Since 2001? Not much has happened on the globalization front. Doha is stuck in limbo, even modest FTAs with small countries have been slow in progressing through Congress, and the IMF had basically nothing to do for nearly a decade. Now that the IMF has been pressed into action again it's largely taken a more accommodating line toward recipient states, and it's pretty difficult to argue that Greece, e.g., is a victim of Western economic imperialists. The globalization of the Naughties was a kindler, gentler, calmer globalization compared to the Brave New World Is Flat globalization of the 1990s.
But I think that's only part of it. I think a better explanation is that people in general, and college students in particular, only have attention for one cause at a time, and environmentalism has definitely become the sexy issue over the past 8-10 years. When I hear people complain about China's trade practices these days, the arguments are less about the use of sweatshop labor and more about environmental degradation. To me it seems that the one has simply supplanted the other as the most pressing issue for the socially conscious.
Hmmm.... no, I don't think Winecoff is correct. Even if it's true that the kids today care more about environmental degradation than labor abuses, this shouldn't stop them from protesting at economic summits. Indeed, from the mid-nineties onwards, protests against labor and emvironmental abuses have gone together like racism/sexism/homophobia accusations.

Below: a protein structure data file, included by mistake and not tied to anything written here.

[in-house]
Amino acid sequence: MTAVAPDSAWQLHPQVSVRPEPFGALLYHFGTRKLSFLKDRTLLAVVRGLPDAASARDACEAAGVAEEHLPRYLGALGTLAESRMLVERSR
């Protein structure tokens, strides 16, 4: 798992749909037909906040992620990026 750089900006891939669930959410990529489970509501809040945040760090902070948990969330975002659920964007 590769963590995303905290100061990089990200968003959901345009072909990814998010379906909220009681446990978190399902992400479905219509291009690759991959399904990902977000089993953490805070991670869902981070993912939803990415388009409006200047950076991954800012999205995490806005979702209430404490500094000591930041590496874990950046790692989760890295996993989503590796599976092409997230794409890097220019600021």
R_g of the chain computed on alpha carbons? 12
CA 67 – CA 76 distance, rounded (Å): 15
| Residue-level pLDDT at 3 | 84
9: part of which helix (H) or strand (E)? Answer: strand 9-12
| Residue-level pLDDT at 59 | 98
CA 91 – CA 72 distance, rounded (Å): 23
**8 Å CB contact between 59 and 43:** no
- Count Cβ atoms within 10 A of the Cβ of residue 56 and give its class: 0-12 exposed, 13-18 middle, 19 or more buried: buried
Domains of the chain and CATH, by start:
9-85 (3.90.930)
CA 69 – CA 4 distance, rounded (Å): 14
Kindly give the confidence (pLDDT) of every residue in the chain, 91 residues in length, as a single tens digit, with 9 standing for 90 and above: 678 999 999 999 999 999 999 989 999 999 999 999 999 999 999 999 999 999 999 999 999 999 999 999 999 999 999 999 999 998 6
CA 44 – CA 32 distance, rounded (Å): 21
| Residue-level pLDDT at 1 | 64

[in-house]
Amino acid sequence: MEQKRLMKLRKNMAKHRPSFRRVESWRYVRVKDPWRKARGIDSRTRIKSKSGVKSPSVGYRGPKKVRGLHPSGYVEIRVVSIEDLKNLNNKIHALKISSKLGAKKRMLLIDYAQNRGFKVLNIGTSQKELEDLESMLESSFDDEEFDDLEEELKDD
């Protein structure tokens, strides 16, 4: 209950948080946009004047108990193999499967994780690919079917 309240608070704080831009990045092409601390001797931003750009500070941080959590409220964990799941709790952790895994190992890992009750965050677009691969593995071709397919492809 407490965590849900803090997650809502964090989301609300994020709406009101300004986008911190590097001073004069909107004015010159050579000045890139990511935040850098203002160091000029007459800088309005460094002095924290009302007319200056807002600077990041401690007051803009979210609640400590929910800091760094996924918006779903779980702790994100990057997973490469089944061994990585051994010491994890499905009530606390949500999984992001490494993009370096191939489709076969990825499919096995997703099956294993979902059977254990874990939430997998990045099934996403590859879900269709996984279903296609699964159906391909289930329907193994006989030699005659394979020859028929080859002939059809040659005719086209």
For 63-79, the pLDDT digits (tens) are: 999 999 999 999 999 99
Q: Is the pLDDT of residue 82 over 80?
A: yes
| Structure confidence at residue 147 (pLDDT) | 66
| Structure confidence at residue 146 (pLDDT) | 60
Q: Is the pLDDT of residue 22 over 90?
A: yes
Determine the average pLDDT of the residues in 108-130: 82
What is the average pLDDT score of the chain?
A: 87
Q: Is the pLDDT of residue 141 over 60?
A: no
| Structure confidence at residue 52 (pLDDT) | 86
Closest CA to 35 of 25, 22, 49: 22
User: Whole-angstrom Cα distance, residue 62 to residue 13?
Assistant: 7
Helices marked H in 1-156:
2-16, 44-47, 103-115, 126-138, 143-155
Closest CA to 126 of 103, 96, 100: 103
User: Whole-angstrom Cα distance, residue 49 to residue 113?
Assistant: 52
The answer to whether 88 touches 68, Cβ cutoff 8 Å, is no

Also, I would dispute the empirics of Winecoff's assertion. The protests didn't die out with the change in the decade -- they were pretty robust at G-8 summits in the first part of the naughties, as well as the 2003 Cancun WTO Ministerial and the 2005 Hong Kong Ministerial. This is a more recent phenomenon.
I'd proffer three possible explanations. The first, which I don't really buy, is that the protestors have wised up and realized that these meetings are not the cause of the ills that they bemoan and bewail.
The second possibility, which I'm very unsure about, is that public opinion has shifted. Anti-globalization activists usually demand greater state intervention in the economy, and that's an increasingly unappetizing idea for people living in the advanced industrialized economies.
The final possibility is an idea I floated in a book review many moons ago:
During boom times, antiglobalizers score political points by stoking fears of cultural debasement and environmental degradation. During leaner years, naked self-interest becomes the salient concern: in the current economic climate, American opponents of globalization talk less about its effect on the developing world and more about the offshore outsourcing of jobs.
Let's call this the Business Cycle Theory of Economic Protestors. I don't know if it's true either.
Readers are encouraged to offer their own hypotheses in the comments -- or, better yet, point to some sloid research on the question.
Angelos Tzortzinis/AFP/Getty Images
So I see Paul Krugman has thrown his lot in with the neoconservatives who disdain multilateral institutions and prefer bellicose unilateralism when they confront a frustrating international situation.